I went for the baroque music, and found something even more enchanting.
The Toronto Music Garden, created in 1999 by famous cellist Yo-Yo Ma and landscape designer Julie Moir Messervy, is the site of the annual Summer Music in the Garden series each week at the Harbourfront Centre. It provides a beautiful setting, with the featured performers playing under the green trailing branches of a tall tree, with spectators sitting on tiers of grass forming an amphitheatre above, surrounded by a rich garden of wild flowers, tall grasses, and lush bushes and trees.
Sunday’s performers were FOLIA, a trio of musicians playing authentic baroque instruments: Linda Melsted on the violin, Kiri Tollaksen on cornetto, and Borys Medicky on the virginals (a small version of a harpsichord). We were treated to a program called “Utopian Voices,” a pleasant concert under the warm sun of a summer Sunday afternoon. Free concerts like this, for me, are one of the best things about living in Toronto.
But as I strolled along a nearby path after the concert ended, I discovered another “best thing.” I came upon a small sign that said, “5 – Menuette,” and which described the gardens and the metal circular pavilion before which it stood, in the area above and behind the amphitheatre. I thought to myself, “If there’s a number 5, where are numbers 1 through 4?” And I set out to discover them.
I found myself following a series of labyrinthine pathways leading from an entrance point (1 – Prelude) past other musical movements: 2 – Allemande, 3 – Courante, and so on, a series of musical concepts that made me think of something like the Stations of the Cross. The paths ducked into secret groves under the trees, led the way past benches sitting in serene shadow, or circled around groupings of boulders in the midst of enclosures bounded by fir trees or grasses.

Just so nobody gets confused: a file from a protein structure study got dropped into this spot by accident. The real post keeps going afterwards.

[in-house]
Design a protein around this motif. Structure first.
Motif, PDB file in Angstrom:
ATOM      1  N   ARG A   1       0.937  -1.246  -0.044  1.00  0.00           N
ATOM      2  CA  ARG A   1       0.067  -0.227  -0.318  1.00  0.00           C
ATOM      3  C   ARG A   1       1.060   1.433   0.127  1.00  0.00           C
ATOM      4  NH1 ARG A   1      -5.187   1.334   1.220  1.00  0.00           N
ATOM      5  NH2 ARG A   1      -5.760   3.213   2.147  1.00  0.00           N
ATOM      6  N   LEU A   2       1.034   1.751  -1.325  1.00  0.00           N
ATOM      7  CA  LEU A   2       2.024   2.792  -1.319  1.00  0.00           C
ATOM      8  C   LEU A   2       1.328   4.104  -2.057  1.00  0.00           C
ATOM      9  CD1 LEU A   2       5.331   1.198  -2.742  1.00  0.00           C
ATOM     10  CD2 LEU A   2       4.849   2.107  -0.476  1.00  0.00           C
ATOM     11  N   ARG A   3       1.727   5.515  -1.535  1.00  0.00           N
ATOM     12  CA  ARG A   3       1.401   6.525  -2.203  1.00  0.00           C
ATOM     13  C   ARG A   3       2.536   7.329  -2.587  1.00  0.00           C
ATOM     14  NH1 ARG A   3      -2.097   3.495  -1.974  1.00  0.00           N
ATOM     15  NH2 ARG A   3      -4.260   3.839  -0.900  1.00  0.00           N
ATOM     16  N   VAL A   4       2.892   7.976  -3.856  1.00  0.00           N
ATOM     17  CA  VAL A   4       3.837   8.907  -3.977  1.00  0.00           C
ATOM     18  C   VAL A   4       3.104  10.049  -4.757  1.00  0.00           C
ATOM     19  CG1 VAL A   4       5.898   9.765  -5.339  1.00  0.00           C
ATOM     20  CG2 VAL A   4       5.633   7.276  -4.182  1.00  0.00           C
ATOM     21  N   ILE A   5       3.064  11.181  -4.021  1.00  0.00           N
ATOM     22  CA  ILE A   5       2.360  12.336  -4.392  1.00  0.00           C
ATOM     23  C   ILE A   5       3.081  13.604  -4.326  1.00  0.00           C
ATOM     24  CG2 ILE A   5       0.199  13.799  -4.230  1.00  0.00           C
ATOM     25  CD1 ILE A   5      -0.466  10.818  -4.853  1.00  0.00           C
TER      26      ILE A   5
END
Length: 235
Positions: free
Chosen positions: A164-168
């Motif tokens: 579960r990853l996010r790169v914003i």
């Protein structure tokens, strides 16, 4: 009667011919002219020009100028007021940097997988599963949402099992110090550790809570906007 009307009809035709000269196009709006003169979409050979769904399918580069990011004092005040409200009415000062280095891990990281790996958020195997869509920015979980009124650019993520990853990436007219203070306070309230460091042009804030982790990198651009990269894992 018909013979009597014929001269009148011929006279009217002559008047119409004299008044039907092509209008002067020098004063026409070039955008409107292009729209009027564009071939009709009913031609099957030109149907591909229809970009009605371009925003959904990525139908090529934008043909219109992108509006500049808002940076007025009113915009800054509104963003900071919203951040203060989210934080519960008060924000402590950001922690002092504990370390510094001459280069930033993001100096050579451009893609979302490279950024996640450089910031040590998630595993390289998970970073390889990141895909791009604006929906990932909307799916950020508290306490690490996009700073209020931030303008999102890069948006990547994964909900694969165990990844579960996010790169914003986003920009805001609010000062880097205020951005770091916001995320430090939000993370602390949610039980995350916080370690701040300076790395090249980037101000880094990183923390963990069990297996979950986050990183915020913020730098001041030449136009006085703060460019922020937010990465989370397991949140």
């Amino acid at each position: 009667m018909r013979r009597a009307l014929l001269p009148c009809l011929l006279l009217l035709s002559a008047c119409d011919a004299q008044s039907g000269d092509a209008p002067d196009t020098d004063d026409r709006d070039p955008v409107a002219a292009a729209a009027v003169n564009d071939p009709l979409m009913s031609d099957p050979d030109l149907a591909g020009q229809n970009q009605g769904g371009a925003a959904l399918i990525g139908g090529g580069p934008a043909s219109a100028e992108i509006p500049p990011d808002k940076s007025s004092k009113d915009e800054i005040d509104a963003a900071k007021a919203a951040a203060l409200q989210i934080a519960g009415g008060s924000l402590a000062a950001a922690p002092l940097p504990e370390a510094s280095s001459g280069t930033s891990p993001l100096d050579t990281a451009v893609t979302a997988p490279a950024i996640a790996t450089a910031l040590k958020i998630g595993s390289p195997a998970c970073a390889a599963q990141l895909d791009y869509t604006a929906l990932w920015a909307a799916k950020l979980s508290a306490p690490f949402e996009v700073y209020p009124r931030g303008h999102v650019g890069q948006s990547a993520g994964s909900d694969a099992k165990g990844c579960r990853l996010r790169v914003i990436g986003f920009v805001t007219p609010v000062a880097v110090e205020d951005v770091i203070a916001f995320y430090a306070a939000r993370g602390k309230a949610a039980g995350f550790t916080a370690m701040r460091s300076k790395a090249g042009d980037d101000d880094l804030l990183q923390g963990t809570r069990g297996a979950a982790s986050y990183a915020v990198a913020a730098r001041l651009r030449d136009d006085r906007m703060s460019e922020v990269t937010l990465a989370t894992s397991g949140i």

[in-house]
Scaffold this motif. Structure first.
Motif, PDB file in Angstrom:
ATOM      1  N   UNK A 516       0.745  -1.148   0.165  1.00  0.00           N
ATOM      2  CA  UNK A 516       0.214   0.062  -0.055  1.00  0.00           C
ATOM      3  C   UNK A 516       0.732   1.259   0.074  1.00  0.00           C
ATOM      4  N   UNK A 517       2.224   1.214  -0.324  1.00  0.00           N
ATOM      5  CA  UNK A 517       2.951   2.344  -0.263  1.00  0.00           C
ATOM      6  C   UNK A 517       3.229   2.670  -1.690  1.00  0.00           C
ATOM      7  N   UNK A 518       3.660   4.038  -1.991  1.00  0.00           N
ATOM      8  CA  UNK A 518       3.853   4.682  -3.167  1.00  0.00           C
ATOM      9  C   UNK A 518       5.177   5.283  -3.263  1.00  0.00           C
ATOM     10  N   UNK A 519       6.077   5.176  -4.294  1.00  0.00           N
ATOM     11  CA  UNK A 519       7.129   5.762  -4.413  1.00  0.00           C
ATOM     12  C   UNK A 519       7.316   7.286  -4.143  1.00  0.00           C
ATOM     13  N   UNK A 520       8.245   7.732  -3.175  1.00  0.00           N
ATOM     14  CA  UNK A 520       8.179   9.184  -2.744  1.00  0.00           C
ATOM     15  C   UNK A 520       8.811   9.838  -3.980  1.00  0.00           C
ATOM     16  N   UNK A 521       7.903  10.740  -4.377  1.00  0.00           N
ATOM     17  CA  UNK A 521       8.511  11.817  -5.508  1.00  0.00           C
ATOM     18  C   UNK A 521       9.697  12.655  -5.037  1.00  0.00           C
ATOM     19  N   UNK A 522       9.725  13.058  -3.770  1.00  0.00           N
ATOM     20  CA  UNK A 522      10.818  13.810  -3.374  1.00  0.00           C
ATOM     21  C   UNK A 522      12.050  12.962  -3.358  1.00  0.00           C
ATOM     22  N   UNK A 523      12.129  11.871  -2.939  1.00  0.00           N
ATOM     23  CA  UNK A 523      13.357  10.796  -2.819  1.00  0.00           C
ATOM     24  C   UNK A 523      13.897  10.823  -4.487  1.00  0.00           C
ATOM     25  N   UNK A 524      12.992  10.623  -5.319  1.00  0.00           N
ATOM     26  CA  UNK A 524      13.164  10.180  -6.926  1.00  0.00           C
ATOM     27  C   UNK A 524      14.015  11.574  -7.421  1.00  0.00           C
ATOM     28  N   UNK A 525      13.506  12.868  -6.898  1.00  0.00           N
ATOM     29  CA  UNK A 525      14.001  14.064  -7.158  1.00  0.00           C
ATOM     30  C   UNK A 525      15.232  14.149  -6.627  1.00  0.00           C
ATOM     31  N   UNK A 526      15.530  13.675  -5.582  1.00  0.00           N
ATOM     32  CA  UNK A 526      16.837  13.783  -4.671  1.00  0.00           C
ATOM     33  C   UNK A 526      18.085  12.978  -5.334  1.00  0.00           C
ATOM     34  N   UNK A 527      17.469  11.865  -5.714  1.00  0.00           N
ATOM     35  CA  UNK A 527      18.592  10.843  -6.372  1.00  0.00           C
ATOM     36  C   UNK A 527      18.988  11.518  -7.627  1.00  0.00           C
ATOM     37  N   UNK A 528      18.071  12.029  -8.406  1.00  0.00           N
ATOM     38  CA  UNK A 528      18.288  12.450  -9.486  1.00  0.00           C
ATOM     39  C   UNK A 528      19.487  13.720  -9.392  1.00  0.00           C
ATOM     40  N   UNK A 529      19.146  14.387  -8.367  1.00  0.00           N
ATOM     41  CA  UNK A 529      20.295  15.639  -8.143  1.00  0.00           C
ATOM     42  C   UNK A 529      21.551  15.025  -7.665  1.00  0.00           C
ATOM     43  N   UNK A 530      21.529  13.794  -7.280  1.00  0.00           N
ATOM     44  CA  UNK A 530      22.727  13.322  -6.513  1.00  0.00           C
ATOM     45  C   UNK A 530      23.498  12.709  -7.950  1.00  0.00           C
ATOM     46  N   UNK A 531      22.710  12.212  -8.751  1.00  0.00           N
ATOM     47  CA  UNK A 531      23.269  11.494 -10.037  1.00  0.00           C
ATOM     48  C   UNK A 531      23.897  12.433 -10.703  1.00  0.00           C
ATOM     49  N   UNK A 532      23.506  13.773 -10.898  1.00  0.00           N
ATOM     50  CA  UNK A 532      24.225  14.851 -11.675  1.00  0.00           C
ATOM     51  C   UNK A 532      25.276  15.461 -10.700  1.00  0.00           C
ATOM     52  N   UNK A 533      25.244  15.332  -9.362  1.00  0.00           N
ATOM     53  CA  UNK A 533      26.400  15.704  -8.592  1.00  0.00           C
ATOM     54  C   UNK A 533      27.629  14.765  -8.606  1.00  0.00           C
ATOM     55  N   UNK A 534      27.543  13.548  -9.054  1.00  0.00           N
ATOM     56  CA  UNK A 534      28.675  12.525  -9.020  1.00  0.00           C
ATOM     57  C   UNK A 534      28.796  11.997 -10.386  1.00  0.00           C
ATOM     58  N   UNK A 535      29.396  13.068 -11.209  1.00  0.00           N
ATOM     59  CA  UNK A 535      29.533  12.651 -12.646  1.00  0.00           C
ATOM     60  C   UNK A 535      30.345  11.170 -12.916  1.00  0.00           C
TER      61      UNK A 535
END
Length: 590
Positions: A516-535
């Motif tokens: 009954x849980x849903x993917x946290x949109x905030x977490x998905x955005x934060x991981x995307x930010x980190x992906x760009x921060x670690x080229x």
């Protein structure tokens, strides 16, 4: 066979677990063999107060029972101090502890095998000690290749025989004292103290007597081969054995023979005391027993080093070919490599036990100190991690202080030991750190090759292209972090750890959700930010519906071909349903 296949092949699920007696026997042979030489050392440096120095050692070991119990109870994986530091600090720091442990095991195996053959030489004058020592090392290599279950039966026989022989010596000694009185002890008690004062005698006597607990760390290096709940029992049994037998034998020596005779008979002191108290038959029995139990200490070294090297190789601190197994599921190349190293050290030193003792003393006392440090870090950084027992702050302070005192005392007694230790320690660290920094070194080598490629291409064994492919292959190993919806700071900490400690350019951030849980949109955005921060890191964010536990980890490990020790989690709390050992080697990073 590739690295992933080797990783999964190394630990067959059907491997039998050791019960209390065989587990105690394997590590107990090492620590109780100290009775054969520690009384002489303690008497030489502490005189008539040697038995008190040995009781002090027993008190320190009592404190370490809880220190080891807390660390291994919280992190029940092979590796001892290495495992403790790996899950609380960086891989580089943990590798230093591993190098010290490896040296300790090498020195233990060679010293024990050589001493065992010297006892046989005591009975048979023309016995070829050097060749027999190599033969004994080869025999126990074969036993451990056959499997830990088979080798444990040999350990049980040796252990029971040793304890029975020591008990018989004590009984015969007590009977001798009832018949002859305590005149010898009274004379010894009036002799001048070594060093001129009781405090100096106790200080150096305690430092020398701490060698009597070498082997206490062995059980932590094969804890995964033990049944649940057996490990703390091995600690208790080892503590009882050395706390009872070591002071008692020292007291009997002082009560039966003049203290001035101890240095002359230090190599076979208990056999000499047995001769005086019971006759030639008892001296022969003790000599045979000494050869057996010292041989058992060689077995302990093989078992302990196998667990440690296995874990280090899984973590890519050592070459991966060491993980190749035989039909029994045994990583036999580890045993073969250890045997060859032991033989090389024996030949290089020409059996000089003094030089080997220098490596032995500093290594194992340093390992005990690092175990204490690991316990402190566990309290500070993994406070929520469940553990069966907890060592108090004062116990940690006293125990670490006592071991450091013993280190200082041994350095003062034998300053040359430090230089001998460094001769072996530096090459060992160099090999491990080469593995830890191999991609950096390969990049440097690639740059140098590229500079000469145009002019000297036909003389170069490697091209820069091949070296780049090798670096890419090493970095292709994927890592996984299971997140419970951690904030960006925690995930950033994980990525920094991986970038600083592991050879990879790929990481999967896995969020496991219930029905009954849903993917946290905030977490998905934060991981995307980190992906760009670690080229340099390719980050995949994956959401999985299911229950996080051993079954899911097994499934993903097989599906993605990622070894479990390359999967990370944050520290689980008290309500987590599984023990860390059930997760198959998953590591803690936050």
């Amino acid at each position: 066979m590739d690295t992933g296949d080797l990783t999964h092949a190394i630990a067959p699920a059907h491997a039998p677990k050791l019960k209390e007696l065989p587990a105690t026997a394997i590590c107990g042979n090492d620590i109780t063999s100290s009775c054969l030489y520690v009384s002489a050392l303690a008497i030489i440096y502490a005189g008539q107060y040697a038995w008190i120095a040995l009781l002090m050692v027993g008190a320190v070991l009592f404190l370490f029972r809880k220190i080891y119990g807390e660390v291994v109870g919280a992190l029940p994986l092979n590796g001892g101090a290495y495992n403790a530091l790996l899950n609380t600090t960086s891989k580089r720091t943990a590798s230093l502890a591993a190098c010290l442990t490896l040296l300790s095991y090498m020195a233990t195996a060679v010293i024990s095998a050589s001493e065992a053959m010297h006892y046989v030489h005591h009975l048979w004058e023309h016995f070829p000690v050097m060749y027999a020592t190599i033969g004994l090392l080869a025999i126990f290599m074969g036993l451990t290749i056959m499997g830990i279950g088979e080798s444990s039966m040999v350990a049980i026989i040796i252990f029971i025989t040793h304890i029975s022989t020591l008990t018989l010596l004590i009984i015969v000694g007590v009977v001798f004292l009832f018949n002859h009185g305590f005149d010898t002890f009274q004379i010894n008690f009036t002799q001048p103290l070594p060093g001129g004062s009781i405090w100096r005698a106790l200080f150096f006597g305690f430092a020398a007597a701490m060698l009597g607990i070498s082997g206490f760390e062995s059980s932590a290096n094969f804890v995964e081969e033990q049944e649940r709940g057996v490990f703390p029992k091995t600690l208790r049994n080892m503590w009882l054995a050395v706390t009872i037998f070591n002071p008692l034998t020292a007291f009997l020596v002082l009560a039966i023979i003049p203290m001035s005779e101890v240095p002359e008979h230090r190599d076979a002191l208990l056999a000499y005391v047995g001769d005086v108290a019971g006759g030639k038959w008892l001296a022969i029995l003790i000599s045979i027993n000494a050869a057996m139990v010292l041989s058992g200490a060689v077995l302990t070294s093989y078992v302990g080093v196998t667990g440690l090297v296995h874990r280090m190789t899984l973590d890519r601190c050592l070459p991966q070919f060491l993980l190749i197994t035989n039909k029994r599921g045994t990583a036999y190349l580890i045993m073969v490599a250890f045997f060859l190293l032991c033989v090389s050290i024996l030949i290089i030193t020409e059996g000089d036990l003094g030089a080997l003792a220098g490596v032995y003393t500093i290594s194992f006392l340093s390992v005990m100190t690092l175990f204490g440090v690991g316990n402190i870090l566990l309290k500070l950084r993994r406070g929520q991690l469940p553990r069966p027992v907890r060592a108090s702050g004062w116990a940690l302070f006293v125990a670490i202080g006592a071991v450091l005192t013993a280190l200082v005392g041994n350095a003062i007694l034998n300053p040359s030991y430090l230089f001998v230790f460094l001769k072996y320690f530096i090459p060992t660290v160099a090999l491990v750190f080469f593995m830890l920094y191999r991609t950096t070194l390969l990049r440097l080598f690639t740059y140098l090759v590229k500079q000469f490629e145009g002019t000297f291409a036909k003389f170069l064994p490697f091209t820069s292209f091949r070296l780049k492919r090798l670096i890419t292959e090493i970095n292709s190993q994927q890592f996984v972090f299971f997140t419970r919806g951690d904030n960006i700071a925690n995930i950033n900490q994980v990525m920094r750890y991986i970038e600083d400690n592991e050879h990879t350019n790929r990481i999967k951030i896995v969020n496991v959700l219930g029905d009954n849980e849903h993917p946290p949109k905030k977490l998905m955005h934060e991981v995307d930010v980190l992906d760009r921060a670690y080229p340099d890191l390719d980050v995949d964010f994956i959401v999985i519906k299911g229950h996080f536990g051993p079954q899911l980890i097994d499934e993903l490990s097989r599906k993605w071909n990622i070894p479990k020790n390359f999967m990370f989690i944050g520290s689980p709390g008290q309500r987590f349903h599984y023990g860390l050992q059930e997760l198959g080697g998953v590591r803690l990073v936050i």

One path circled around and around among tall grasses and meadow wildflowers planted to attract butterflies and birds (I saw two butterflies that looked an awful lot like Monarchs), finally coming into the open where the sculpture of a maypole loomed overhead. Another path of rough flagstones circled into what was called a “poet’s corner,” surrounded by a wall of evergreens. A large stone at its centre held a still pool of water, and in the enclosure stood a man playing a flute.
The haunting music followed me as I worked my way back out and along the rest of the paths. In the end, I found six signs: or rather, six movements(**), as the Music Garden was designed to interpret J.S. Bach’s First Suite for Unaccompanied Cello. The idea was first broached to the city of Boston, which never followed through, and that city’s loss has been Toronto’s gain. The Music Garden rolls gently over three hills, the paths rising and falling even as they spiral and weave.
This is truly an enchanted garden, music expressed in nature, nature embodying music. I can’t believe I didn’t even know it was there until yesterday. But you can be sure that I will be revisiting the magical, musical place as often as I can.
(** The movements are: 1-Prelude, 2-Allemande, 3-Courante, 4-Sarabande, 5-Menuette, and 6-Gigue)